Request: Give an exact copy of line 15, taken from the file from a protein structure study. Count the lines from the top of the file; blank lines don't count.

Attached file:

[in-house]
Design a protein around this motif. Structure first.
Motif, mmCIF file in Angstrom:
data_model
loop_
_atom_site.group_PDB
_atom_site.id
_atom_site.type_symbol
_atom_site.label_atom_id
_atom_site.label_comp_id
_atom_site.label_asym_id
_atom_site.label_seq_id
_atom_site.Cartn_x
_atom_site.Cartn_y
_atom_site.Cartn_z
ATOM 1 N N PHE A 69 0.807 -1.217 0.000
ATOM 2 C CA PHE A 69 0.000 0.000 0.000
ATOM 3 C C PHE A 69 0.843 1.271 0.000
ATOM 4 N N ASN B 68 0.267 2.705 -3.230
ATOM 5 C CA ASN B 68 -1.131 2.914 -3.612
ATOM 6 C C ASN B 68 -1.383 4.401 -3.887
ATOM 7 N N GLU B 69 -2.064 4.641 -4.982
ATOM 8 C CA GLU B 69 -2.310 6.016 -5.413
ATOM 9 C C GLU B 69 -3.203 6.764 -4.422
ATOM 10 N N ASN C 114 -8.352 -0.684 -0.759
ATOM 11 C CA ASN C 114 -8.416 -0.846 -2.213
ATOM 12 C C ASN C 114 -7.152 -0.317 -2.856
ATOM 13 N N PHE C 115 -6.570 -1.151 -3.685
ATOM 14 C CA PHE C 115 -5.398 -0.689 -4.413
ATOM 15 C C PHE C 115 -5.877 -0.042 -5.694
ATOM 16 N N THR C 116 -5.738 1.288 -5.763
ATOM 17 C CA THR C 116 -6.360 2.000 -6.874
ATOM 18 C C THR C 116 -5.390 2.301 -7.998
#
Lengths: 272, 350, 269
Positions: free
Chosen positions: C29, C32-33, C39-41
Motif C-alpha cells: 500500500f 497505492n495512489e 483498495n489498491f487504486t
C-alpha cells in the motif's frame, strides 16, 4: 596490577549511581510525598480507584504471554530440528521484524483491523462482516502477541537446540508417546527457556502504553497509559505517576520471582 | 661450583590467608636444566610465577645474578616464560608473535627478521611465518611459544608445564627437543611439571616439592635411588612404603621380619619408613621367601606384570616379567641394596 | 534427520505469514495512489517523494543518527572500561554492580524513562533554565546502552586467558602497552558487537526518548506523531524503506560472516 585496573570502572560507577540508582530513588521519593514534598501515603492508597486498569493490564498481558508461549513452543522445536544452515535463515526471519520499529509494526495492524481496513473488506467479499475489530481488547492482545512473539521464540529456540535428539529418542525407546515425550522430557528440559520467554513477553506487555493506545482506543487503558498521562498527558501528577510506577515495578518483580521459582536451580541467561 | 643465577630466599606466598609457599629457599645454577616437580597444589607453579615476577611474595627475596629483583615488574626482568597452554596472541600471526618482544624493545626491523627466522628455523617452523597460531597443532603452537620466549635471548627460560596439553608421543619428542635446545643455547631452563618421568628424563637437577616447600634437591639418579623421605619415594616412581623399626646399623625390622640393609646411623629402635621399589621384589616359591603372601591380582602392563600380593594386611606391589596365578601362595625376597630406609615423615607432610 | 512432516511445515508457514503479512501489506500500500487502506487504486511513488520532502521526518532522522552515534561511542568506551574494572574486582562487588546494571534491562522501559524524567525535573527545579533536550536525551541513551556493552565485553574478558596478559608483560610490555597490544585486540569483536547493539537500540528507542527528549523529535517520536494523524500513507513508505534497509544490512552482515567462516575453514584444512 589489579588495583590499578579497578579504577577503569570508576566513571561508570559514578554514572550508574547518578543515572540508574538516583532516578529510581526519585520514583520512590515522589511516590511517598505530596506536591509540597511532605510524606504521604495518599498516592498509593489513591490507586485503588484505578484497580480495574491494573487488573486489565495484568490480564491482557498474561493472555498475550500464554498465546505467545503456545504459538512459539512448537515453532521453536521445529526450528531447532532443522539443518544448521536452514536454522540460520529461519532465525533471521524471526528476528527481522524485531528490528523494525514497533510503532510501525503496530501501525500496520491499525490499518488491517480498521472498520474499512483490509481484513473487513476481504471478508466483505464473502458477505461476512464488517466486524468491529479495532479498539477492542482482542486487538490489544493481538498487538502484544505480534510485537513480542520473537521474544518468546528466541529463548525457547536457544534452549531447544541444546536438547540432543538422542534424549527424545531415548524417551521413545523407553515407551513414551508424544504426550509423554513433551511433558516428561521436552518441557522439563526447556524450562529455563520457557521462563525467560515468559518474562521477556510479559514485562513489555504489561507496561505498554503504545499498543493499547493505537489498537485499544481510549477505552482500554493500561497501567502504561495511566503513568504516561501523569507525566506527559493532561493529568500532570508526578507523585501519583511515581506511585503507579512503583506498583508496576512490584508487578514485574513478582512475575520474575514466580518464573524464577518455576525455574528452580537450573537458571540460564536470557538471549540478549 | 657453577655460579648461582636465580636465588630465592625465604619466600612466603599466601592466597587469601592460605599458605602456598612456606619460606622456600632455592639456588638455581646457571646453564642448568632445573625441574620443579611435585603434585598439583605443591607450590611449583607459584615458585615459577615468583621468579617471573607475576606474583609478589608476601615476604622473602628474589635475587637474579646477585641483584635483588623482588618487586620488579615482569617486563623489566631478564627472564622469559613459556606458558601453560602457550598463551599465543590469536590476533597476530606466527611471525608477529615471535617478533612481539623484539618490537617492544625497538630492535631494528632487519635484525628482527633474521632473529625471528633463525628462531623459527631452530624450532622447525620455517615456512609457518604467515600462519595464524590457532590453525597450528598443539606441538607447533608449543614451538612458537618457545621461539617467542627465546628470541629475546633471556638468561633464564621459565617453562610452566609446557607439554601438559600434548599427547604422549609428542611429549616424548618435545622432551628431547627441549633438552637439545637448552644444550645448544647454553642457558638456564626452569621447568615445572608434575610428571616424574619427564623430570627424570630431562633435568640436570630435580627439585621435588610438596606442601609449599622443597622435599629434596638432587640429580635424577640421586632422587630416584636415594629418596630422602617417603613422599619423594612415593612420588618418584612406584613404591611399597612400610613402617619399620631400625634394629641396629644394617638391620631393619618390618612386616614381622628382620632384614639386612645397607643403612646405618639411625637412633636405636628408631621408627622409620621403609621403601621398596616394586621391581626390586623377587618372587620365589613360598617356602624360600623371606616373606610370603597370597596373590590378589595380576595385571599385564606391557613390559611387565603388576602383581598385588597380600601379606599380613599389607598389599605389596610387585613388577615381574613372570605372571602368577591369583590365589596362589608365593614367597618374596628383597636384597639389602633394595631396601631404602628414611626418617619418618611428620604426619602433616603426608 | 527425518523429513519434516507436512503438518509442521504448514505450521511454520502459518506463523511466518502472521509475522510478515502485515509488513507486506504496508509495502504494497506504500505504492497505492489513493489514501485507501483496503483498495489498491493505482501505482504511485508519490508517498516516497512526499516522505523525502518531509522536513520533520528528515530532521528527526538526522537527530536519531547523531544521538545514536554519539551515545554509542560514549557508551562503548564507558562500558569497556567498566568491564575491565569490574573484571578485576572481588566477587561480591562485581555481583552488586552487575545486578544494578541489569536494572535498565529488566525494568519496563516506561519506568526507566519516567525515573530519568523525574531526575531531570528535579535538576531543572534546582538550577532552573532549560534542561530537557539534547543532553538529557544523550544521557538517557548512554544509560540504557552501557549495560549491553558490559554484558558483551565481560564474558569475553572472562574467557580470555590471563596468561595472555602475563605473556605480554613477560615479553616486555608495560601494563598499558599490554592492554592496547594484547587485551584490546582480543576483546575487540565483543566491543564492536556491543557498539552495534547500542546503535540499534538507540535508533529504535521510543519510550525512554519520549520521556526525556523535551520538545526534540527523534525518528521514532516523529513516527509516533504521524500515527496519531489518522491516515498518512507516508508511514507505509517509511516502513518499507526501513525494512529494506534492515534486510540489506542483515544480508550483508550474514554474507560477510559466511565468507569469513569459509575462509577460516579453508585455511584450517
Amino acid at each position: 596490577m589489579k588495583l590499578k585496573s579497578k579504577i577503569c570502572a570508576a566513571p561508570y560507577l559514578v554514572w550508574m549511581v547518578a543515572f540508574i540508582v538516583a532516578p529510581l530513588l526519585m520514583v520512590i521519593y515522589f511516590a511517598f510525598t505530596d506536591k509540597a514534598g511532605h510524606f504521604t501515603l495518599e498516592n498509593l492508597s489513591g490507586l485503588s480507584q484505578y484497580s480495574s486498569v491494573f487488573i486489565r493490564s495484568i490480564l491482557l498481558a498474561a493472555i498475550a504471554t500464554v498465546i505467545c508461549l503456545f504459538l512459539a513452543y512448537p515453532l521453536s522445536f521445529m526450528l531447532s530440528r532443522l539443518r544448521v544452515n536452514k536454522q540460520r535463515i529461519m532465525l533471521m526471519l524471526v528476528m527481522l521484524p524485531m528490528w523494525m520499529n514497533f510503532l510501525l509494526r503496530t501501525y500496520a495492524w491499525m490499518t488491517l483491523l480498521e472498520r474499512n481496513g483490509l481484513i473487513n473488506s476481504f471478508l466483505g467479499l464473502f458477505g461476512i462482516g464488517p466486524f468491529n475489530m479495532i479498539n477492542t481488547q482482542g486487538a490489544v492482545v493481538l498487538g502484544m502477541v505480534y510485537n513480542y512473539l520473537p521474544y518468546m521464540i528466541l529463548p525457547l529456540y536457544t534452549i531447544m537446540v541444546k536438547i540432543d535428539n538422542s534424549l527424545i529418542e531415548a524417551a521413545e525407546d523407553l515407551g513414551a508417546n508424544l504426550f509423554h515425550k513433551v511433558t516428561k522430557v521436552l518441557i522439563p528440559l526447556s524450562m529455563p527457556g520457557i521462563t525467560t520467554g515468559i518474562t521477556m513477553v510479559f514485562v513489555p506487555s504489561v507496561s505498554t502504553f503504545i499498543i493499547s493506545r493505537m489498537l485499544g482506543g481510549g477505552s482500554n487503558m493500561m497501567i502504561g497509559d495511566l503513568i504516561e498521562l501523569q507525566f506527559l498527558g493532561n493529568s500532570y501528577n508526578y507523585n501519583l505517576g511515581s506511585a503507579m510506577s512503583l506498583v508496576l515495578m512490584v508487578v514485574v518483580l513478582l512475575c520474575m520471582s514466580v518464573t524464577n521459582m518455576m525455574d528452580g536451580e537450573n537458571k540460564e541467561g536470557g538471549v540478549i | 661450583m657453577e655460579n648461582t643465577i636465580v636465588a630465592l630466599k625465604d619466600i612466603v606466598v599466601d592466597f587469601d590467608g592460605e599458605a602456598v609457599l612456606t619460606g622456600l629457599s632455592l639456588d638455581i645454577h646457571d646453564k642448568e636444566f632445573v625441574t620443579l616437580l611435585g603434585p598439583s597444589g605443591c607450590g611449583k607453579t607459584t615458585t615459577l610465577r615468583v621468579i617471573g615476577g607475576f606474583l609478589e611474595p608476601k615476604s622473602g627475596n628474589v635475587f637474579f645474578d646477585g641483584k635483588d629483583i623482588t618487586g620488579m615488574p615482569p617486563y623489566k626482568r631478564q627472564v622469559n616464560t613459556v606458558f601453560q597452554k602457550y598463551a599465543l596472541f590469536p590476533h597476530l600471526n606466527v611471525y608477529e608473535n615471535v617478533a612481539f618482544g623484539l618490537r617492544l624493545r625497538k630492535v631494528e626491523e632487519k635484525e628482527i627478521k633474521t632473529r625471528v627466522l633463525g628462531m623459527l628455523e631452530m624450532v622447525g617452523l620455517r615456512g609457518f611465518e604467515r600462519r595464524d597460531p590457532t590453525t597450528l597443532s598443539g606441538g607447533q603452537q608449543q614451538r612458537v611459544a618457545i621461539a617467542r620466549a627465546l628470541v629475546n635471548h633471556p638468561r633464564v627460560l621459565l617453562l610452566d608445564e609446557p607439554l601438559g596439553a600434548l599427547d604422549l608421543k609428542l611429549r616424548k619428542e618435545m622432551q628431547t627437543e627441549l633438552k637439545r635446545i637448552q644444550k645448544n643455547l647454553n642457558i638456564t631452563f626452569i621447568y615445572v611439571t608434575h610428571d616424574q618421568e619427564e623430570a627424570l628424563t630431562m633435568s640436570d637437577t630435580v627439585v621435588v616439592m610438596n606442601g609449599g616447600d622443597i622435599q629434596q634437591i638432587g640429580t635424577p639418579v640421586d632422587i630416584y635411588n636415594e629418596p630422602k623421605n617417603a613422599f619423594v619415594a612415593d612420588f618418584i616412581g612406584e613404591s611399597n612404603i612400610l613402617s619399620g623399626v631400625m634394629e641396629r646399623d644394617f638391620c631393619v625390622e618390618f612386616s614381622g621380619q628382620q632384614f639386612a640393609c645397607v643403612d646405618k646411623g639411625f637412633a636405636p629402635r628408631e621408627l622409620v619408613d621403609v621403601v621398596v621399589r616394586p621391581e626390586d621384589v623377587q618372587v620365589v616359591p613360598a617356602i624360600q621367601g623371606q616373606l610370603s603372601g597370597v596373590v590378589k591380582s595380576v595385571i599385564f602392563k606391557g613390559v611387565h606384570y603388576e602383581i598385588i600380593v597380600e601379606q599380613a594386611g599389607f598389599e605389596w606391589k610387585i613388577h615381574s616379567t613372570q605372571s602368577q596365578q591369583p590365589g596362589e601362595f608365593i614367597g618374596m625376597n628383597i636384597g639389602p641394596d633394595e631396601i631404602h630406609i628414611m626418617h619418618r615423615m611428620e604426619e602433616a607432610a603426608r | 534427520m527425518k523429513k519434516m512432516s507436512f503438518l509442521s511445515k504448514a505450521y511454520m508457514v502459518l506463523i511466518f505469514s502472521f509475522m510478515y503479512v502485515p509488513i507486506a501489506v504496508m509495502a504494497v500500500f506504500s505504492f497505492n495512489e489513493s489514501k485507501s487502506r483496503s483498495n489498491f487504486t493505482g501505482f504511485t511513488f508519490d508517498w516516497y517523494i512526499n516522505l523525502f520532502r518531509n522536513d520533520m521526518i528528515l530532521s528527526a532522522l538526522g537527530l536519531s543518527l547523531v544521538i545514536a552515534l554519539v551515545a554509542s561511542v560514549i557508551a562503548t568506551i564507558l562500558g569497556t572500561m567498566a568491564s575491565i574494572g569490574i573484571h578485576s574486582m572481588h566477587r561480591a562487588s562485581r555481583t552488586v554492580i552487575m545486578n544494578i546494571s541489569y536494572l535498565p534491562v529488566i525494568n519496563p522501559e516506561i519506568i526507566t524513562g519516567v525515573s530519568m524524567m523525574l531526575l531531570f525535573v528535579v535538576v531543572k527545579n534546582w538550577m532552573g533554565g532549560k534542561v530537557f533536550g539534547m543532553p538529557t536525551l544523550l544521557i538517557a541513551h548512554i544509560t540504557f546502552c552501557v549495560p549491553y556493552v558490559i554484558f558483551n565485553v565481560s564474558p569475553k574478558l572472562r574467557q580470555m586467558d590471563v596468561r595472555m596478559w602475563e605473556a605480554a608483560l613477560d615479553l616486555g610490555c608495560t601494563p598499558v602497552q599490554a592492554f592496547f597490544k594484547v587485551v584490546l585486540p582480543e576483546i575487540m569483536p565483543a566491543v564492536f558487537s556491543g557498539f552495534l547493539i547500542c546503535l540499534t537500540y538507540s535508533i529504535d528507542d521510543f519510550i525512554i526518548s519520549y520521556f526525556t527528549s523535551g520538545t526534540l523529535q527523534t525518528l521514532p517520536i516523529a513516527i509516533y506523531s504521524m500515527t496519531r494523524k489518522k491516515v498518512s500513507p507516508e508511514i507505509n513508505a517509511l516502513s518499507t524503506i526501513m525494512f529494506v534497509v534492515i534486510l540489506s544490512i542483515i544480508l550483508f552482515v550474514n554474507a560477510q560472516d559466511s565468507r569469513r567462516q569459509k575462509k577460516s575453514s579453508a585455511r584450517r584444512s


_atom_site.Cartn_z